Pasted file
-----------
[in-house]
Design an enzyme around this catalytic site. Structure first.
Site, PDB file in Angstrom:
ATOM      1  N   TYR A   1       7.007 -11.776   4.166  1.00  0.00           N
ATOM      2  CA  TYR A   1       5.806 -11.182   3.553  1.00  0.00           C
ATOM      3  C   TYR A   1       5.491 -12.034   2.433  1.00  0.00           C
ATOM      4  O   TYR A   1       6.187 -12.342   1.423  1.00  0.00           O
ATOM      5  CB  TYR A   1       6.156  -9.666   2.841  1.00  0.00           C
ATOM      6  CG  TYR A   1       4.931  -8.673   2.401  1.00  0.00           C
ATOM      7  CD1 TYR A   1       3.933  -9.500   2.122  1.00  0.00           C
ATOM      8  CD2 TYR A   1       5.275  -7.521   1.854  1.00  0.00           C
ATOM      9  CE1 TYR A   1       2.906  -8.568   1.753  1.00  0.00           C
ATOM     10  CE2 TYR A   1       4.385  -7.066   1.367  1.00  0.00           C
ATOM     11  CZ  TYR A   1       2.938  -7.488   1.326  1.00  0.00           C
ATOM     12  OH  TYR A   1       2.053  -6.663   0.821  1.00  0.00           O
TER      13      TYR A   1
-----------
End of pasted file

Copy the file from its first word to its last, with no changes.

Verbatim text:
[in-house]
Design an enzyme around this catalytic site. Structure first.
Site, PDB file in Angstrom:
ATOM      1  N   TYR A   1       7.007 -11.776   4.166  1.00  0.00           N
ATOM      2  CA  TYR A   1       5.806 -11.182   3.553  1.00  0.00           C
ATOM      3  C   TYR A   1       5.491 -12.034   2.433  1.00  0.00           C
ATOM      4  O   TYR A   1       6.187 -12.342   1.423  1.00  0.00           O
ATOM      5  CB  TYR A   1       6.156  -9.666   2.841  1.00  0.00           C
ATOM      6  CG  TYR A   1       4.931  -8.673   2.401  1.00  0.00           C
ATOM      7  CD1 TYR A   1       3.933  -9.500   2.122  1.00  0.00           C
ATOM      8  CD2 TYR A   1       5.275  -7.521   1.854  1.00  0.00           C
ATOM      9  CE1 TYR A   1       2.906  -8.568   1.753  1.00  0.00           C
ATOM     10  CE2 TYR A   1       4.385  -7.066   1.367  1.00  0.00           C
ATOM     11  CZ  TYR A   1       2.938  -7.488   1.326  1.00  0.00           C
ATOM     12  OH  TYR A   1       2.053  -6.663   0.821  1.00  0.00           O
TER      13      TYR A   1